As humans, I believe we are meant to create. Creativity is an expression of our souls. It gives insight into who we are and what we think and feel.
Matthias, my youngest son uses paper, markers, crayons, pencils and paints to create his art. He loves to draw and he spends time every day perfecting the details of batman’s cape or ironman’s secret weapon. It’s more than just drawing to him, it’s an expression of his imagination and I see him push himself creatively without fear of failure.
David, my oldest son, who has a severe disability, uses keyboards to create his art. He loves to tap out tunes on the piano or electric keyboard. He lays his head close to the instrument, because he not only wants to hear his music, he wants to feel the vibration. Music is part of his soul. As his parents, we take this seriously and we try to nurture his passion to create with sound.
My husband, Steve, has a pastor’s heart and he’s working in a doctorate degree right now. He creates with words–both written and spoken. He writes to communicate deep ideas in a clear and meaningful way. His words will move your soul and change your heart. His words are insightful and encouraging. His words are his art.
I often have people say to me, “I’m not creative.” But I don’t believe them. I hear them saying, “I wish I could be creative.” I think we all desire to create something beautiful and something filled with meaning–maybe they just haven’t figured out where their creative talents lie.
Creating can be incredibly vulnerable. A couple of days ago I had a meeting with a fine jeweler in town. I needed his help setting a stone for a special project I’m working on. As I entered his workshop I thought to myself, “I’m a fake. I don’t know anything about fine jewelry. He’s going to laugh at me.”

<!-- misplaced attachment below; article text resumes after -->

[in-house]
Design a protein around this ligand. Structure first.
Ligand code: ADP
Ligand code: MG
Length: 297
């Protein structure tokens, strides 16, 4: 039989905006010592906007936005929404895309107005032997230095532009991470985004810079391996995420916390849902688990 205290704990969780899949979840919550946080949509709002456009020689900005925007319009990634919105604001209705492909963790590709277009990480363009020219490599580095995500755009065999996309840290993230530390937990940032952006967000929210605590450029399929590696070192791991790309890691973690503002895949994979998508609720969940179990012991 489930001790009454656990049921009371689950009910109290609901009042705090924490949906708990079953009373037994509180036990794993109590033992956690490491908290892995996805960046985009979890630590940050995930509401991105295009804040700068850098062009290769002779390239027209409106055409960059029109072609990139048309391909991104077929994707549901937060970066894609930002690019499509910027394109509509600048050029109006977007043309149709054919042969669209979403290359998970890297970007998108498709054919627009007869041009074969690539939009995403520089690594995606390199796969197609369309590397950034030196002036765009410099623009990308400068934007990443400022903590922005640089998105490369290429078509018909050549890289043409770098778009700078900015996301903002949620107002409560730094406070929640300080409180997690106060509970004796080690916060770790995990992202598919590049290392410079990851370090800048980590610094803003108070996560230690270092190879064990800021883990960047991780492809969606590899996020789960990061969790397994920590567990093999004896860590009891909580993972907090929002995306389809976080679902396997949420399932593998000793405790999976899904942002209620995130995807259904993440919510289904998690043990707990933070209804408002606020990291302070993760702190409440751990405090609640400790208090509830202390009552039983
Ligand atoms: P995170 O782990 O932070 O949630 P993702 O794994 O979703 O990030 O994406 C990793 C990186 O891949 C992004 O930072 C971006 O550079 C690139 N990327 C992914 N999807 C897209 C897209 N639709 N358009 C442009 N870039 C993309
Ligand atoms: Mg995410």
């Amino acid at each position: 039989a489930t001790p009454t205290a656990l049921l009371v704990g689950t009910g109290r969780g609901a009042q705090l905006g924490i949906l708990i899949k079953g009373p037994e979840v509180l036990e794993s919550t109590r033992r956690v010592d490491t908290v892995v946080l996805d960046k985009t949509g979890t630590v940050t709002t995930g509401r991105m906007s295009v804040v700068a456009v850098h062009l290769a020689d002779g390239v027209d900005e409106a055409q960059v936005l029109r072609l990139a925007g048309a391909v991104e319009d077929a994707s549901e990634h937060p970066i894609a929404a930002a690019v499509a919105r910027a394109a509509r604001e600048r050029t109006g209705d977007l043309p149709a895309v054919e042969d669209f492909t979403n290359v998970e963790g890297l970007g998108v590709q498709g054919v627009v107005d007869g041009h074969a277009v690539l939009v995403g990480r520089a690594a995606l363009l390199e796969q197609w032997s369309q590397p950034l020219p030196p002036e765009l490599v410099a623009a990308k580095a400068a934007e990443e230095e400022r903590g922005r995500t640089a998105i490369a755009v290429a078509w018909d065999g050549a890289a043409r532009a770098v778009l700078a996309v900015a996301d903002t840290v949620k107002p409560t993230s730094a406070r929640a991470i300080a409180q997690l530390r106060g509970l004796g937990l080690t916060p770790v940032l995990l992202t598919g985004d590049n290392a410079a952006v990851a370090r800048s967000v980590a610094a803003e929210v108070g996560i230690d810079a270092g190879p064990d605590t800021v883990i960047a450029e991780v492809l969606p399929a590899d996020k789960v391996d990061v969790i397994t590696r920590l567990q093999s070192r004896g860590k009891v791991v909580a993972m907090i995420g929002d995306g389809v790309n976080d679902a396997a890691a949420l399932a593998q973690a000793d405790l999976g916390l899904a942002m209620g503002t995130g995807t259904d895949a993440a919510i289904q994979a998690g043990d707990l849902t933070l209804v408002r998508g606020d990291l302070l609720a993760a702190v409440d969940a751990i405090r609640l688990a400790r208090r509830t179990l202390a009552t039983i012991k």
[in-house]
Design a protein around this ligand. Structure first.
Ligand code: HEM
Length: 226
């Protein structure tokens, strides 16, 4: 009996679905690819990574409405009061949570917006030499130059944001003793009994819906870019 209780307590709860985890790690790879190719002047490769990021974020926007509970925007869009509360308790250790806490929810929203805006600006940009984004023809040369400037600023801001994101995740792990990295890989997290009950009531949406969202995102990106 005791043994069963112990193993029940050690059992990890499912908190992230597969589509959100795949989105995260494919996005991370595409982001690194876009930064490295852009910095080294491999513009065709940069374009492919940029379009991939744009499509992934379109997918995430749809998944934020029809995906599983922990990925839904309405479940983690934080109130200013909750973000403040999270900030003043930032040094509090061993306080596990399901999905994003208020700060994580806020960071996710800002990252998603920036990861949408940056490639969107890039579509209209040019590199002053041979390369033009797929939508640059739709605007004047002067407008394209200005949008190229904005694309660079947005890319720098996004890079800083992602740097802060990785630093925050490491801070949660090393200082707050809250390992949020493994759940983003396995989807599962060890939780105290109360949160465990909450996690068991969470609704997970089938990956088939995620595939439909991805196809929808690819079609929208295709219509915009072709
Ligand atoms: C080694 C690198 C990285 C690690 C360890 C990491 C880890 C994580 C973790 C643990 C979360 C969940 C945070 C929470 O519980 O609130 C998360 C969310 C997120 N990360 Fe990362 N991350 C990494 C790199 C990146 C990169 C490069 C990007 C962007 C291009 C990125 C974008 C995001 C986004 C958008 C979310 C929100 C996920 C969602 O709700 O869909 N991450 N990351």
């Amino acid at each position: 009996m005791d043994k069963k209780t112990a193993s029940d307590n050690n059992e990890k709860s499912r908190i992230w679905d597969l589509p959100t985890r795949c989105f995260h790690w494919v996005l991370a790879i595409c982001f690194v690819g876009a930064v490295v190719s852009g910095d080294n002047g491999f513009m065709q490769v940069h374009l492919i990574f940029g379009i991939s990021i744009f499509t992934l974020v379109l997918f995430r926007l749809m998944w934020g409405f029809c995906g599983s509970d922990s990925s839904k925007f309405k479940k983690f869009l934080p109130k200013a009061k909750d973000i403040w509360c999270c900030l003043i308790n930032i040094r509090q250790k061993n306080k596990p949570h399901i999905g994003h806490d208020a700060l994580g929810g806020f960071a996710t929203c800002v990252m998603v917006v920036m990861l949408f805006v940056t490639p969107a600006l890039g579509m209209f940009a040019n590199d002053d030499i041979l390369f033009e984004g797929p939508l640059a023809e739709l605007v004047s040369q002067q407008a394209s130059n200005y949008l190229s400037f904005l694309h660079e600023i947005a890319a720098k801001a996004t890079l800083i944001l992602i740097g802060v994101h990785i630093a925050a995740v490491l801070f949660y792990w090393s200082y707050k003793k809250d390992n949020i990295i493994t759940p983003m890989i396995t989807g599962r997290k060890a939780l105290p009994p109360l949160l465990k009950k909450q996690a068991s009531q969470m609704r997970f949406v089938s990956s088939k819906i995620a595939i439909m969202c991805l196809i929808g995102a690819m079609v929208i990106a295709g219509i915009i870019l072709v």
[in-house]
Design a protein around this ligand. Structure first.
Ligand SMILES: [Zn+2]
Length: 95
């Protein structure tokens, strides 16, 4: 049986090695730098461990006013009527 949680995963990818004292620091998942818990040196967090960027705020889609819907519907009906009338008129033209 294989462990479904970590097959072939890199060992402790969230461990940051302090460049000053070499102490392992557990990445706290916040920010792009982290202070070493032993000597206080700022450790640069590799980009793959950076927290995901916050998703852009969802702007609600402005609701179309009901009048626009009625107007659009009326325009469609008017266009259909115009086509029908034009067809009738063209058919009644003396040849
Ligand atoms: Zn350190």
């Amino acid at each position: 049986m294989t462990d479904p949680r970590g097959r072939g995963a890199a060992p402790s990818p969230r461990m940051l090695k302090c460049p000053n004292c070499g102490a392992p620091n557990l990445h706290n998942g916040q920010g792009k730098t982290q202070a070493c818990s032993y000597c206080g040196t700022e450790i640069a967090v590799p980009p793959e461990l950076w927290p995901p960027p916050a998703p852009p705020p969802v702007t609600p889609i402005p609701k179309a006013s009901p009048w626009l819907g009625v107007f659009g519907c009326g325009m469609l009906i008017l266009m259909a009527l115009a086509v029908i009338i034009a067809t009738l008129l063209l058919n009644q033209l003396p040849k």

Because I’m mostly self-taught as a jewelry designer, many of my methods aren’t ‘by the book’. In the big picture, it doesn’t really matter, does it? But there are times I feel inadequate or insecure because I don’t have a degree in jewelry design. A degree doesn’t make you an artist, it’s time and practice and nurturing skill and creativity that help to make an artist. But no matter how much education or experience we have, creating something from the heart can make us feel vulnerable.
I have friends who uses words as art. I have friends who use fabric and thread to express themselves. I have friends who use a skillet and olive oil to create beautiful (and delicious) things. A camera can be a tool to create, just like yarn, paint, seeds or a hammer can be tools.
Are you setting aside your insecurities to nurture your God-given creativity? What are the tools you use to create art?
By: Lisa Leonard